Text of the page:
Every staff member is an ADHD coachLiving and working so closely with my students, they see parts of me I like, as well as my struggles.  They know I’m fallible, and that is OK.  It is through watching each member of our staff deal with failure and success that they learn how to manage the same in their own lives.  I suggest parents to do the same.  If you’re an adult who has struggled with ADHD, share that with your son.  Teach him the strategies that you have used to succeed and encourage his own journey for discovering the truth to becoming a “Warrior” with the courage to overcome and persevere.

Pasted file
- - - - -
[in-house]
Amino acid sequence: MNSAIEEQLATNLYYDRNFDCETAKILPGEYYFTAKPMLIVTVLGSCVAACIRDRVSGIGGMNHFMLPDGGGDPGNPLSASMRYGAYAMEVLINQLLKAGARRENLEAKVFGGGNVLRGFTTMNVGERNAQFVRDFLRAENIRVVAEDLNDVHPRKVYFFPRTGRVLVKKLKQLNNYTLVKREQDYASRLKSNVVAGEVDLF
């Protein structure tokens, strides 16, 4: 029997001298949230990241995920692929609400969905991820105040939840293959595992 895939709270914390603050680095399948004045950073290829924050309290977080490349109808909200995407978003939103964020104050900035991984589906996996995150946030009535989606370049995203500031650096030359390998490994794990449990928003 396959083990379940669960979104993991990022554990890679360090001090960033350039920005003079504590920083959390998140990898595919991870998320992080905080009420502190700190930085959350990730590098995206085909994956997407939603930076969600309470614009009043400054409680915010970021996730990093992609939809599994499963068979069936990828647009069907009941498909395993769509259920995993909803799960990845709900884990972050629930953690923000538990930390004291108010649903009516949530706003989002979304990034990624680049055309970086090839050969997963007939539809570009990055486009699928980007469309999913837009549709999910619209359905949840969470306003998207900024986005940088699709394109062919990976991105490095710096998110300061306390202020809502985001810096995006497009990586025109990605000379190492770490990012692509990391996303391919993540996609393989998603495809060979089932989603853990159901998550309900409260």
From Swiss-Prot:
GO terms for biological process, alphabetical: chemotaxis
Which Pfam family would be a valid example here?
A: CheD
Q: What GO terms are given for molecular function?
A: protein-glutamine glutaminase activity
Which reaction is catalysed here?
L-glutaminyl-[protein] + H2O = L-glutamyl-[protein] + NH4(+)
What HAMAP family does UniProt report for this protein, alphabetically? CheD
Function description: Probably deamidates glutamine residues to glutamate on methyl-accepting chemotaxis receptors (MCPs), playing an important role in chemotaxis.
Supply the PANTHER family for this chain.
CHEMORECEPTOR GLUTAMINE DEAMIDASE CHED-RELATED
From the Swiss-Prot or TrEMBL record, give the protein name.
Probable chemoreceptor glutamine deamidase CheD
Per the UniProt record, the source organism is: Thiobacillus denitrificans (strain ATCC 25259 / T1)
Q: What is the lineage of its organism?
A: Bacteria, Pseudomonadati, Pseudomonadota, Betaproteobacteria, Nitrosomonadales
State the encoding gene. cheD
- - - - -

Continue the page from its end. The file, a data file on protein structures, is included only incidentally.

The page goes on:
We are building resilience in these boys.  If good decisions are a manifestation of experience, and experience comes from poor judgement, we are right on track (it’s that whole “you’ve gotta break a few eggs to make an omelet” bit, right?).  As they continue on their journey towards becoming a more authentic version of themselves, let’s model the same and continue coaching them towards success.

 

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posted by Morgan Arnold in ADHD,Discovering What is Real and True and have Comment (1)